Nothing is worse than having a kid who watched too much TV already and has lost interest, and then having your boss call (trust me, I know). Screens will be your lifesaver, as long as you use them at the right time.

I need to be able to have my kids sit in front of a screen for up to an hour if there is a meeting. They won’t if they already watched too much TV earlier in the day. I “save” screen time for my planned important calls, unexpected calls from my boss, and video calls where I need to be paying attention.

Image of mom working from home on a laptop with child using a tablet.

I also use screens when my kids are making me absolutely crazy and I need a mental health break.

Note: Some shows make my kids overstimulated and grumpy after watching some shows. On work days, I only let them watch slower moving shows that they can handle without being scared or becoming grumpy.

10. Save “Easy Tasks” for When You have to Watch Your Kid and Work at the Same Time

I remember one morning, it was 5 AM and my 8 month old was up and ready for the day, but I had to work. I put him in the highchair next to my desk. I held a bucket of soft toys on my lap. Every minute or so I would give him a soft toy. He would play with it and then drop it off his high chair. I also put a bucket where he dropped it. I answered emails while we did this.

Trying to watch kids and work at the very same time is the worst part of working from home with kids. If you have a flexible job or work for yourself, you may not have to do this as much. If you have a boss who expects you to be answering all your emails every day, you may have to do both. I like to refer to this as the “I feel like a bad parent and a bad worker at the same time” feeling. It feels crappy. If you are in this situation, I feel for you. It’s okay though. The reality is, you’re keeping your job, which supports your child. You’re also keeping your child safe, which makes you a good parent. Here’s how to make it less painful.

Think about your job. What necessary, but easy tasks do you have? Plan on doing those tasks while you are watching your kids. Email is often a good thing for this.

Father working from home on his laptop sitting on the couch while watching his children play on the floor with blocks.

Have your laptop open and carry it around the house a few times a day, keeping the kid busy and also answering emails. Do this as little as you can, but if you have to, you have to. You aren’t alone and you’re not a bad parent because you have to do it.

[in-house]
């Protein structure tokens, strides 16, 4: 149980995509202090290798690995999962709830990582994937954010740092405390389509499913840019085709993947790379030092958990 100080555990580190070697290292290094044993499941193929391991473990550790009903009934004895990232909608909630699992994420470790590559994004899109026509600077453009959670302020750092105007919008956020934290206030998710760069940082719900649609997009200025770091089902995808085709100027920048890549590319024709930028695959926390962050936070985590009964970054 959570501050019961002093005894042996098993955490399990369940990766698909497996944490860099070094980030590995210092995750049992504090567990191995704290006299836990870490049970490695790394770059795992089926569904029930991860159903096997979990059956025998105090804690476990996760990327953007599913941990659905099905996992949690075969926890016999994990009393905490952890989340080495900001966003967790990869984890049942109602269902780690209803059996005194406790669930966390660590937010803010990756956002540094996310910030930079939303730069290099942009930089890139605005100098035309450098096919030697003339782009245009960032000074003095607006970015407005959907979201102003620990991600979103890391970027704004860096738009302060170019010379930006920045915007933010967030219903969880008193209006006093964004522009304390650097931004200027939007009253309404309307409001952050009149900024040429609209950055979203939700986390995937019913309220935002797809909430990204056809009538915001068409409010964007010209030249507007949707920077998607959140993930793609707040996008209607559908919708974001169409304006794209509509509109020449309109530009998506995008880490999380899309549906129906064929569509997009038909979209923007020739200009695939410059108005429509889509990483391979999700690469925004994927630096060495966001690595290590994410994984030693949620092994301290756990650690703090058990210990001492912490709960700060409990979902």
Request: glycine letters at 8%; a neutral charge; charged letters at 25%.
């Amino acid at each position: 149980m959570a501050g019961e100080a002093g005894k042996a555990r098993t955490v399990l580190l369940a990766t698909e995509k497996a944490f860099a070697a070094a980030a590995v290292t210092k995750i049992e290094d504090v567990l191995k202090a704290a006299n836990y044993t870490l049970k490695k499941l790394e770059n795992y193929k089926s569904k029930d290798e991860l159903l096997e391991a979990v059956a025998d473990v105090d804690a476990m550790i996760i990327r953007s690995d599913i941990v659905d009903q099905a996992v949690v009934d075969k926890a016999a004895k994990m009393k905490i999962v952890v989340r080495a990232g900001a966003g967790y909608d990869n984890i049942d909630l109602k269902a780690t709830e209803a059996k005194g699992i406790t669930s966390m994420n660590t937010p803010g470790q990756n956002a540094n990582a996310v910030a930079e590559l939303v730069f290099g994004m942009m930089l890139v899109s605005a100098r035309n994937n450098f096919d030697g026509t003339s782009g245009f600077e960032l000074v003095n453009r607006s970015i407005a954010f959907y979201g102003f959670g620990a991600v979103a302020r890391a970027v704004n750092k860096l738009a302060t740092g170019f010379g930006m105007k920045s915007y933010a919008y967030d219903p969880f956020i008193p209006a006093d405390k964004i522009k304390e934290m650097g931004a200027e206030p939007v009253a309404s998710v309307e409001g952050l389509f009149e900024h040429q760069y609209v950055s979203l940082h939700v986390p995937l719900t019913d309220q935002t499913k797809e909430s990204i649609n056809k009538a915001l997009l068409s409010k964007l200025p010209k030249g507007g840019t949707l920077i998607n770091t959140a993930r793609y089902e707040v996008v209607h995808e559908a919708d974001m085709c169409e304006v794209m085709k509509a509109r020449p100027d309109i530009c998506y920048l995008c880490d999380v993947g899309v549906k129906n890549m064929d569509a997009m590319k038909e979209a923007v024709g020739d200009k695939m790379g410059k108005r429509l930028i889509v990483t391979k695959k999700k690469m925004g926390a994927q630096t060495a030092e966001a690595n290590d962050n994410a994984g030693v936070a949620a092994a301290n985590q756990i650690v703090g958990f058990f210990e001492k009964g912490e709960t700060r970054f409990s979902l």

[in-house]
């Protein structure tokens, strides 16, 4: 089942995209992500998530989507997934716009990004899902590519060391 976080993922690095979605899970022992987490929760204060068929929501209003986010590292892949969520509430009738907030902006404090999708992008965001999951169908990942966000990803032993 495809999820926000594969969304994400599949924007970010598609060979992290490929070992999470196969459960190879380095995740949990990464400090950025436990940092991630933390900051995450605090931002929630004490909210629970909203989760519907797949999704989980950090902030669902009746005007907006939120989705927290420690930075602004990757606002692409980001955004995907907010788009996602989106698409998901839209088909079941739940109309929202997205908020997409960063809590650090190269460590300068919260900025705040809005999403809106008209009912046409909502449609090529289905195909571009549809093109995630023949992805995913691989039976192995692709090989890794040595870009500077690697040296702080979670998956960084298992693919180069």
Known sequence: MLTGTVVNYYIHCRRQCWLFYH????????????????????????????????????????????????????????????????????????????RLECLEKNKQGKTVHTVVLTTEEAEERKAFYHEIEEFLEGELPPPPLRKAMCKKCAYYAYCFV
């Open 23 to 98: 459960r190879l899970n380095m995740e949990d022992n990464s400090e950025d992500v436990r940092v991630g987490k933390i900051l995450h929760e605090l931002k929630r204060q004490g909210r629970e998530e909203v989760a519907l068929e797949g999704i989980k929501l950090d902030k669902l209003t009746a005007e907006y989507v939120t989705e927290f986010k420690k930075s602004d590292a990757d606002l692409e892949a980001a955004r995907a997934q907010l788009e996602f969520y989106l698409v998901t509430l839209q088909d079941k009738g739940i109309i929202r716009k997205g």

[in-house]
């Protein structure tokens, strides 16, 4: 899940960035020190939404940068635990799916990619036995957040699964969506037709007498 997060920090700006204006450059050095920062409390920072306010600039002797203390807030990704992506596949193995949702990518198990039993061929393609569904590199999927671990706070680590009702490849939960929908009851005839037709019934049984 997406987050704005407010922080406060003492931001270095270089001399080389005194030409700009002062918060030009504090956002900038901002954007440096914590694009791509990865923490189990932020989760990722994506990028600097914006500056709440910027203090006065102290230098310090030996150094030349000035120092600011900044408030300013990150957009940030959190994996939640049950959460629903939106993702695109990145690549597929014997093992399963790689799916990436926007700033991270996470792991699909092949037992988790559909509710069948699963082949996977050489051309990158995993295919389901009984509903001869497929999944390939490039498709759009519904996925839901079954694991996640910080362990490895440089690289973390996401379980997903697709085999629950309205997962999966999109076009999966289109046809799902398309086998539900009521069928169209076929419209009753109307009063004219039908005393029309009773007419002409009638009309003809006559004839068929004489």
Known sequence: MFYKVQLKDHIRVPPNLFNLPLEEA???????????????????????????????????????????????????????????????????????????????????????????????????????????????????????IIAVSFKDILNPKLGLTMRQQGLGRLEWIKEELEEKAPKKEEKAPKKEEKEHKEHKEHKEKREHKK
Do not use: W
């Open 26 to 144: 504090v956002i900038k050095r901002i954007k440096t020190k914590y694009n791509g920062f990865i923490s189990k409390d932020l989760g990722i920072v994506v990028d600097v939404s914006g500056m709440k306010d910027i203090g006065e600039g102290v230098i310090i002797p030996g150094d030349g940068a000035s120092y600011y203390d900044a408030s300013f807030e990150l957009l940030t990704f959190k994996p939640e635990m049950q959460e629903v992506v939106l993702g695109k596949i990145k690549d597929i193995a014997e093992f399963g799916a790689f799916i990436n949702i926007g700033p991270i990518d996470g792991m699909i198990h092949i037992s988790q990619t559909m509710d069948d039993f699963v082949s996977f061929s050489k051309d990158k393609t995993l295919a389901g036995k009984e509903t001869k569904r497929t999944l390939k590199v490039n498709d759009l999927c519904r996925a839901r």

11. Work Around Your Unreasonable Boss

You may have a boss that does not understand your situation at all. They may expect you to be doing everything that you would be doing if you were still at the office.

First, admit that they are unreasonable. Keeping your child safe, paying attention to them, and caring for them, is more important. That said, so is keeping your job.

If you have an unreasonable boss, I recommend a few things. First, turn your work week into a six-day week. Plan on working on Saturdays and treating them like another work day.

Use your first weekend to do Monday’s deliverables. Use that first weekend to get ahead as much as you can. Do whatever you have to do with your child to get ahead.

From that point on, have your work ready to go ahead of time so that you can turn it in at the right time. Send your “start work” and “finished work” emails 8.5 hours apart. Send your deliverables the day they are due (but that you finished ahead of time). Carry your laptop around a few times a day and answer emails. You may only be working 6-7 hours per day during the week though.

Save any time blocks for projects that you need to concentrate on.

12. Let Everything Else Go to Make Working from Home with Kids Actually Work!

Cart your kids around with you while you shower, cook, and clean. You need to use their sleep time and screen time for work. Let the laundry pile up. Simplify cooking and mealtime to save time.

It’s okay if you can’t do everything. No one else is doing everything either.

There are many many parents dealing with their own struggles at this time. You’re doing a great job!

This Post Has 4 Comments

  1. Loving these tips, especially the start and finish emails, and the deliverables tip. I’m relying more heavily on screen time but my 2 are older and are quite good at occupying themselves.

  2. Thanks for keeping it real and sharing real life tips for all of us in the thick of it. ?

  3. Yes!! So good to see something realistic and that addresses what bosses can do and how to deal with bosses that don’t understand..

  4. This was unbelievably realistic and relatable. Thank you so much for putting together this blog post. I’m grateful that my boss is extremely understanding, but I can imagine the nightmare if she wasn’t supportive.